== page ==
FBI Investigates Hackers' $10 Million Ransom Demand

Sandra Ryals, director of the Department of Health Professions, which oversees the prescription-drug-information database, said in a statement that the agency is doing everything it can to ensure the security of its sensitive health information. Ryals also said that the department's Web site and e-mail systems have been shut down since last April 30, but that all lifted data was backed up and the files were secure.

Altogether the hackers infiltrated the Virginia prescription-drug database, then deleted more than 8 million patient records and more than 35 million prescriptions before posting an online ransom note demanding $10 million for their return.

The FBI is currently investigating a report that hackers infiltrated the Web site of the Virginia Prescription Monitoring Program, which contains information used by pharmacists to track prescription-drug abuse and theft, in order to delete and steal millions of patient and prescription records, according to The Washington Post.

In the extortion scheme, first discovered Tuesday on wikileaks.org, an anonymous online information leak forum, hackers defaced the Virginia Prescription Monitoring Program Web site with a ransom note that demanded $10 million in exchange for a password that would unlock tens of millions of deleted patient records and prescriptions. The hackers also said that they eliminated the state's backup records on the PMP site and then encrypted the backup data in a password protected file.

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"I have your ***! In my possession, right now, are 8,257,378 patient records and a total of 35,548,087 prescriptions. Also, I made an encrypted backup and deleted the original. Unfortunately for Virginia, their backups seem to have gone missing, too. Uh-oh (For $10 million, I will gladly send along the password."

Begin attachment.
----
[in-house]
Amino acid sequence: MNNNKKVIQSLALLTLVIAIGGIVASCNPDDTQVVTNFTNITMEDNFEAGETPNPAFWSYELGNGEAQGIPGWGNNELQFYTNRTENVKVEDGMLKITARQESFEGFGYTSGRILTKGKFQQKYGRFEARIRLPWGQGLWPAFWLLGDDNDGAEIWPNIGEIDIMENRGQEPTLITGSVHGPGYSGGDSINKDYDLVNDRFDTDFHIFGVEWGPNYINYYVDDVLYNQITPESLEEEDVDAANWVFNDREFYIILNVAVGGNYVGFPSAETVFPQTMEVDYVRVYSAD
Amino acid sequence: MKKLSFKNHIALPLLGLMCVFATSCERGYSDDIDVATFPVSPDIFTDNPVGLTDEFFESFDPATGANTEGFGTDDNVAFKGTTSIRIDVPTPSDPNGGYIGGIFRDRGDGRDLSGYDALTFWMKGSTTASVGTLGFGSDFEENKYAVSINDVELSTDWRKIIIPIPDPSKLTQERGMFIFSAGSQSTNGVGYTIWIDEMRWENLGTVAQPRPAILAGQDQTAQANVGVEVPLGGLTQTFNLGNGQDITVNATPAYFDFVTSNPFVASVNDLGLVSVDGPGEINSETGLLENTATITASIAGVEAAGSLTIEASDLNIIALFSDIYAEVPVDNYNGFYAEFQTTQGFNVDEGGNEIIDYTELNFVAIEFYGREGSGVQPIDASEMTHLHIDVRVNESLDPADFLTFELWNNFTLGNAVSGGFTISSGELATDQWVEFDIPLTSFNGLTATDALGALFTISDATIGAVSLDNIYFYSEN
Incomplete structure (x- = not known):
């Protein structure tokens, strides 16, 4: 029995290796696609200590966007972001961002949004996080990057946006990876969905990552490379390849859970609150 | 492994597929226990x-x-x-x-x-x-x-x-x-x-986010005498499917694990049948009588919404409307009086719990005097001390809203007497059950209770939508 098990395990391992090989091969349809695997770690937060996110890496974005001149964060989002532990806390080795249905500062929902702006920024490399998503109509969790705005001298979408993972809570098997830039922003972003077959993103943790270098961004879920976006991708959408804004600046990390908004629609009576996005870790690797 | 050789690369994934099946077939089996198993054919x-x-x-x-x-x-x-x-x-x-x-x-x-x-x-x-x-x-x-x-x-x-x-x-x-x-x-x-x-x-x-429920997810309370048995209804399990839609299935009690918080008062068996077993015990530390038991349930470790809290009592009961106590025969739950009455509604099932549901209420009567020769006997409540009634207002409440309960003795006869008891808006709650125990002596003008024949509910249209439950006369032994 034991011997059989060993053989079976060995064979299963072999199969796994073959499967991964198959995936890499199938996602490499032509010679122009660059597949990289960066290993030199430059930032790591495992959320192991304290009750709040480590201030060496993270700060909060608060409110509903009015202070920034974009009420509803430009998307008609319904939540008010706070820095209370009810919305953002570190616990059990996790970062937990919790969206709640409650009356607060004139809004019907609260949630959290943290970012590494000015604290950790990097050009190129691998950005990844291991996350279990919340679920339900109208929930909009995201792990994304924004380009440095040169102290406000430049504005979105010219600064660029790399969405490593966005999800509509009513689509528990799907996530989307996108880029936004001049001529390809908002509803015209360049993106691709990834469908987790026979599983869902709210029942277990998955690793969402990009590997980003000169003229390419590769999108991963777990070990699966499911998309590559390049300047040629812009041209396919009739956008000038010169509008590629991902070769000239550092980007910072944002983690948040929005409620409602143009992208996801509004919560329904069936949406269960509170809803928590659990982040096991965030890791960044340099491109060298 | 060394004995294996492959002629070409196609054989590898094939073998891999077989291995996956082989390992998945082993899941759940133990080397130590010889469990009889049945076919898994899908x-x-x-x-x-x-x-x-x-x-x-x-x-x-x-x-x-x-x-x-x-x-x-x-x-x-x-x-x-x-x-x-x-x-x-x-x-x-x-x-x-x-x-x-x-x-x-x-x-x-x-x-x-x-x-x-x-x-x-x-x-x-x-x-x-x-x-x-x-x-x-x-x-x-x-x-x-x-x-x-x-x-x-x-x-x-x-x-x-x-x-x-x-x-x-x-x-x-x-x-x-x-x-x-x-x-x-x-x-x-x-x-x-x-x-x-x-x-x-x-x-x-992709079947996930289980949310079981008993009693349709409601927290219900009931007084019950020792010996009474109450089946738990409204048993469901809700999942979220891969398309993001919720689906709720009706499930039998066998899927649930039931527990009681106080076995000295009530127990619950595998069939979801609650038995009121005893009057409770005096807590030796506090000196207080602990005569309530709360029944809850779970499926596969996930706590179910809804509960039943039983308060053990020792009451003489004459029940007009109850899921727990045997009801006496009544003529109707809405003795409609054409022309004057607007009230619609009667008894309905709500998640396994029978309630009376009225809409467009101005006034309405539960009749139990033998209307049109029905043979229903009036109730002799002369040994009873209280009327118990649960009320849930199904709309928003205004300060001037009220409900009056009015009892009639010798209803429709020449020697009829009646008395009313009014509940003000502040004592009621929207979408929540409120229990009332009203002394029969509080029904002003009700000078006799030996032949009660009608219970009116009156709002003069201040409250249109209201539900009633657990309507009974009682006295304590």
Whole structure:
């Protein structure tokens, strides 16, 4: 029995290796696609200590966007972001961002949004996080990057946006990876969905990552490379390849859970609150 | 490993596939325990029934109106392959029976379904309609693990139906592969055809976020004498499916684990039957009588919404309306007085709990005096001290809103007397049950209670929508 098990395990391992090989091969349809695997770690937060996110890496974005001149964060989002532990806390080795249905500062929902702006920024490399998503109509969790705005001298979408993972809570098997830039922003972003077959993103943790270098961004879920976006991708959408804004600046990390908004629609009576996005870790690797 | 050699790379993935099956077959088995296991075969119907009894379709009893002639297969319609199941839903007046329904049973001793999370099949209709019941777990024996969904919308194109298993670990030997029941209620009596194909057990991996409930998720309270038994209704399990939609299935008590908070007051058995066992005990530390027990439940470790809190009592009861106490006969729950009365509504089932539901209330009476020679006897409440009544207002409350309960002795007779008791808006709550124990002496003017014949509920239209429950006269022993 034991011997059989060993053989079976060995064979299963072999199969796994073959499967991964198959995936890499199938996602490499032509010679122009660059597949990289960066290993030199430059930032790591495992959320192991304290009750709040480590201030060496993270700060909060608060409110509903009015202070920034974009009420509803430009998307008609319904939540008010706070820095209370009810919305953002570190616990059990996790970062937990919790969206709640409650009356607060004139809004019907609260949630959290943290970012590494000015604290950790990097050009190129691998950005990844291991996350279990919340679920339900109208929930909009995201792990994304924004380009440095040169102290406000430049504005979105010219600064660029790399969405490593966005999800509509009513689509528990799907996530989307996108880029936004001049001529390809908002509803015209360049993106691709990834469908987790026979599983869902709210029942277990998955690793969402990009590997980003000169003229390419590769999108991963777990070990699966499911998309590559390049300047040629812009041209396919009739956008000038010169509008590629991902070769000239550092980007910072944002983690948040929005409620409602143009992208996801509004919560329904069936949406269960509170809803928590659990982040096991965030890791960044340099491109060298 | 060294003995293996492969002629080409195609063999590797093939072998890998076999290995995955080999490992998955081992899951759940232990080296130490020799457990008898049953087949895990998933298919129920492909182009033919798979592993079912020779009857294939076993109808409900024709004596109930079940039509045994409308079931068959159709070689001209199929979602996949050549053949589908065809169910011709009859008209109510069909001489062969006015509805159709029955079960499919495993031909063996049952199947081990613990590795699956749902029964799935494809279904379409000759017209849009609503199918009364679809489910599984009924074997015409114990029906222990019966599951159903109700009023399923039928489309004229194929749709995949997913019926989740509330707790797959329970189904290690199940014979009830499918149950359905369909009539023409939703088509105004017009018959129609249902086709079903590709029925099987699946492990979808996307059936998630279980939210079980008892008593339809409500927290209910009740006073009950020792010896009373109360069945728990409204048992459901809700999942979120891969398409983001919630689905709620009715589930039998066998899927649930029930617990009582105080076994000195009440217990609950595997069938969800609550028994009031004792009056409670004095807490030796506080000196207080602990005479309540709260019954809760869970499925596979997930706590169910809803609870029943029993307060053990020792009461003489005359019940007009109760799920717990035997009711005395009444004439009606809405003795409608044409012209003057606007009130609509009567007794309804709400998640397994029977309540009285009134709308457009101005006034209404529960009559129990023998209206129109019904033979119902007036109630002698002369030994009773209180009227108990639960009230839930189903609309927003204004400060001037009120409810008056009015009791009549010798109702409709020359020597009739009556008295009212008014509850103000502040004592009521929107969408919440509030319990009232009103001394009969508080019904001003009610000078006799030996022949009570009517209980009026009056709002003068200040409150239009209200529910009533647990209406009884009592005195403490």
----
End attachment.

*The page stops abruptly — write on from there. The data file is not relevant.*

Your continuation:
The hackers threatened that if the government agency didn't respond within a week, the patient information would be auctioned off to the highest bidder.

Virginia DHP's Ryals declined to comment specifically on the stolen records to the newspaper's Security Fix blog Tuesday, but maintained that the intrusions were discovered April 30. In response to the hack, the DHP subsequently shut down dozens of its Web pages, including the PMP site, and discontinued e-mail to and from the department pending the outcome of a security audit, Ryals said. A banner advisory on the VDHP Web site warned users that the site was "currently experiencing technical difficulties which affect computer and e-mail systems." Links to the PMP Web site were also disconnected from wikileaks.org and were currently inaccessible at the time of writing.

"There is a criminal investigation under way by federal and state authorities, and we take the information security very serious," she said.

The Virginia PMP extortion incident is the second to occur within the last year. Express Scripts, a pharmacy prescription processor, offered a $1 million bounty in November for information leading to the arrest of hackers who threatened to expose millions of stolen patient medical records if the company failed to pay a demanded ransom.

Security experts say that the recent Virginia Prescription Monitoring Program hack represents a major threat for the health-care industry, which is currently undergoing an overhaul to digitize patient records and make them available on the Web.

"This is a major fear," said Paul Ferguson, advanced threat researcher for Trend Micro. "We're rushing so quickly to put electronic health records online, we weren't doing the right things to make sure they're secure."

Ferguson said both of these medical extortion incidents should be a wake-up call for health-care and other industries for imminent security threats, while possibly enhancing security infrastructure to address those problems.

"This issue has come up on several types of electronic sensitive data issues in the past few weeks. It's not just electronic health-care records, it's not just credit-card payment processors. It's the entire landscape," Ferguson said. "Hopefully, if there's any good that comes out of it, it raises the specter of unscrupulous people gaining access to records that are very sensitive and very private."